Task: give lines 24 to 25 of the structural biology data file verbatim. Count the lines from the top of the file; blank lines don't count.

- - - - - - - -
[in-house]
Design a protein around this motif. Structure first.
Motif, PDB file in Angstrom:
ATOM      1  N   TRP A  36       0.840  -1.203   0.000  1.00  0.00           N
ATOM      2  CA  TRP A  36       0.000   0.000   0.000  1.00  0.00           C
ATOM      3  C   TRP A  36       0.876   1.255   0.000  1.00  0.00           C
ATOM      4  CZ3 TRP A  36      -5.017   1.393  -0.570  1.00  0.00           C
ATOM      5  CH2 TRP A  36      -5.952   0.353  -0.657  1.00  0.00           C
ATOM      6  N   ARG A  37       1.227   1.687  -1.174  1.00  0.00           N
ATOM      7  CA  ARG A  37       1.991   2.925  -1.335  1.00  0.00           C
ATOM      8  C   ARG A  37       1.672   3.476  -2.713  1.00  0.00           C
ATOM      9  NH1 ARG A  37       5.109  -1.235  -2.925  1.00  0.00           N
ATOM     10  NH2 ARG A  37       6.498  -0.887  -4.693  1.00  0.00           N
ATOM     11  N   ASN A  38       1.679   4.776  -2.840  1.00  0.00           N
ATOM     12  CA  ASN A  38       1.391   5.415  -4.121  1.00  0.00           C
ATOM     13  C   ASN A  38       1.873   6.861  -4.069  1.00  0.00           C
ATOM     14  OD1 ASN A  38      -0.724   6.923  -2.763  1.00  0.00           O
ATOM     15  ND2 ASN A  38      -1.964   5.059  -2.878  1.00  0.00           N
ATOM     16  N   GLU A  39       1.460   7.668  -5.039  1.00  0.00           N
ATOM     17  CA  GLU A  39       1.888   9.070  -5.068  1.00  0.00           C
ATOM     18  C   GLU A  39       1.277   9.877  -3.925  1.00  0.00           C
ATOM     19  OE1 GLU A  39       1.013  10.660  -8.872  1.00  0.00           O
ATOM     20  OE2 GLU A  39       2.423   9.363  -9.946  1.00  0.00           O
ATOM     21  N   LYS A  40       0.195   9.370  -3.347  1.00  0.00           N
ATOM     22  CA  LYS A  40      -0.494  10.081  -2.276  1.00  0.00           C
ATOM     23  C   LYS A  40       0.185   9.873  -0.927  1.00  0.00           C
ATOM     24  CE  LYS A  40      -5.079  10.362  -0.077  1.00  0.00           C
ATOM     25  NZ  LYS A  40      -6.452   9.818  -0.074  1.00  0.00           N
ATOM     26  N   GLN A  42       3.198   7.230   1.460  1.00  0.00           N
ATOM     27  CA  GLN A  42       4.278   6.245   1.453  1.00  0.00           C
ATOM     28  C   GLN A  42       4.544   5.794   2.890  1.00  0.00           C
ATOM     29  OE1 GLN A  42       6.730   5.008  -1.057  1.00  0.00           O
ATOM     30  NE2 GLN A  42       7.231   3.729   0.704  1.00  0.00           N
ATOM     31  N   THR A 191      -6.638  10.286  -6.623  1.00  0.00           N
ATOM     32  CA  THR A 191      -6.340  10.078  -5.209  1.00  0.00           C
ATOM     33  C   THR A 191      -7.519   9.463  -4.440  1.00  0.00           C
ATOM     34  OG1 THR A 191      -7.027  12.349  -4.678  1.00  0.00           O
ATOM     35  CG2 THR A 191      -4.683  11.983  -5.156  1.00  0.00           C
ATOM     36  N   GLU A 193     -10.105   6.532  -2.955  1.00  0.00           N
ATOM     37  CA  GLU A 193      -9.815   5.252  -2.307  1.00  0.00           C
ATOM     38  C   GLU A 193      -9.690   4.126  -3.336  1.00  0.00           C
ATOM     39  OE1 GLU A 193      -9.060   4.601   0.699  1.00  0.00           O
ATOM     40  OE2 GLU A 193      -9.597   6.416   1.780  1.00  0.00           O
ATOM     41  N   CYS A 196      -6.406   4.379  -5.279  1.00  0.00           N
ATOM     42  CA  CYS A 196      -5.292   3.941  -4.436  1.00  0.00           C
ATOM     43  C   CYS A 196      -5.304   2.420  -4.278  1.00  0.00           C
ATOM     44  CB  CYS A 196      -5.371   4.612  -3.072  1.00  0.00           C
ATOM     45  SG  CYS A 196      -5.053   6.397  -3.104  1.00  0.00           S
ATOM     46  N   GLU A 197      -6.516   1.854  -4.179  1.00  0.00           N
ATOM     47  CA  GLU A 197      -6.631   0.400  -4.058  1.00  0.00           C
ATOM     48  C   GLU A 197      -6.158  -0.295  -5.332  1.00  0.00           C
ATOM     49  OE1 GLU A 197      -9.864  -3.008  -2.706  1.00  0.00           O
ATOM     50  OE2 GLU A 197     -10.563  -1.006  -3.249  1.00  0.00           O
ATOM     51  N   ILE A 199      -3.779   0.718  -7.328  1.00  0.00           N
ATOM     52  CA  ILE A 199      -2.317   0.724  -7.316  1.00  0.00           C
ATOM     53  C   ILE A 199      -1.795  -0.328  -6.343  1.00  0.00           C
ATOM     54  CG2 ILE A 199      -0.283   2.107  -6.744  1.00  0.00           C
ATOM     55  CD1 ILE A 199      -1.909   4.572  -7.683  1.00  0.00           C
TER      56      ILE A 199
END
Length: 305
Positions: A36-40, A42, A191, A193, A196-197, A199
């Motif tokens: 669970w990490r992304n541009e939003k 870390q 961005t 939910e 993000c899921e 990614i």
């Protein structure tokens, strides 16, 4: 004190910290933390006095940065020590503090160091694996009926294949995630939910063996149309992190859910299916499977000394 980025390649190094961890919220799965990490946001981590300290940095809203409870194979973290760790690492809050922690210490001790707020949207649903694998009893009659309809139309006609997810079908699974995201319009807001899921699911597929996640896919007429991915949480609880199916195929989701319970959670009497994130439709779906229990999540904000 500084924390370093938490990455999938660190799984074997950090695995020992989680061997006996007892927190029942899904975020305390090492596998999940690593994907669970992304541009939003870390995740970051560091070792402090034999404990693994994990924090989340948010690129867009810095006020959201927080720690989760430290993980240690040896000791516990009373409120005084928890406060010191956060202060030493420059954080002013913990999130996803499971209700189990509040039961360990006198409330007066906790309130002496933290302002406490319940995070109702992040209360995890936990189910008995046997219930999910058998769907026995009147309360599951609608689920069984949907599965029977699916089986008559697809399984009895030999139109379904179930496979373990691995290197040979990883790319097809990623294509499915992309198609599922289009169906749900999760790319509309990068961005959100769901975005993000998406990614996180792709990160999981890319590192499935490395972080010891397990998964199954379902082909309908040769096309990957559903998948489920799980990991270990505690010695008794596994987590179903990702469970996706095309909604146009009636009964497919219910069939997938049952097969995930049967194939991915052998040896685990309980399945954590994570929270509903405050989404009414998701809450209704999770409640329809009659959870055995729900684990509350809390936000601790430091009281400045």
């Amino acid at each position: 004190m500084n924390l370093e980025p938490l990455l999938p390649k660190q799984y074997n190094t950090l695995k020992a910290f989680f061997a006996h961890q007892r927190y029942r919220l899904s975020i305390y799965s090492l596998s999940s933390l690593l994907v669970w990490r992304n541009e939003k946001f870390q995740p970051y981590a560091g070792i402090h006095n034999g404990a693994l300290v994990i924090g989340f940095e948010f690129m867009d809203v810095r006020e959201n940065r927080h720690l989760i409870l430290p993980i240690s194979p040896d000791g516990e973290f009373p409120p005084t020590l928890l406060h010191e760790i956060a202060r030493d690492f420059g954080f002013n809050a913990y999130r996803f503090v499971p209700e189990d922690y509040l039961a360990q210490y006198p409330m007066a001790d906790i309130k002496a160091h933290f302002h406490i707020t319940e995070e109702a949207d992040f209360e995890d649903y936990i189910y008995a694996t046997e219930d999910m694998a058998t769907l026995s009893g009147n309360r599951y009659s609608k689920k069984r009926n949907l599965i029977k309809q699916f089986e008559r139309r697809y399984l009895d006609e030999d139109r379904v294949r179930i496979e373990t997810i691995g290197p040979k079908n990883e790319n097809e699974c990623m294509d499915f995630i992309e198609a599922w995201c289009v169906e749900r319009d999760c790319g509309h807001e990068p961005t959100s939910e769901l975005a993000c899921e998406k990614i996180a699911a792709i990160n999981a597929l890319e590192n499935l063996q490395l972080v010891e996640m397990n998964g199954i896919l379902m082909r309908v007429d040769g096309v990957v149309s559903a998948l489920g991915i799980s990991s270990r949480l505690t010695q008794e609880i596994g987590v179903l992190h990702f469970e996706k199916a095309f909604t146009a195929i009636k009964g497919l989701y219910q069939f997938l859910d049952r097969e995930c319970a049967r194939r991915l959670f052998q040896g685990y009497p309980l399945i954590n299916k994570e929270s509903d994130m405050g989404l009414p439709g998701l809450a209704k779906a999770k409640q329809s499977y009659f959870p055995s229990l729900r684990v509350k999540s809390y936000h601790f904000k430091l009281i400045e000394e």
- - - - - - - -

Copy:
ATOM     21  N   LYS A  40       0.195   9.370  -3.347  1.00  0.00           N
ATOM     22  CA  LYS A  40      -0.494  10.081  -2.276  1.00  0.00           C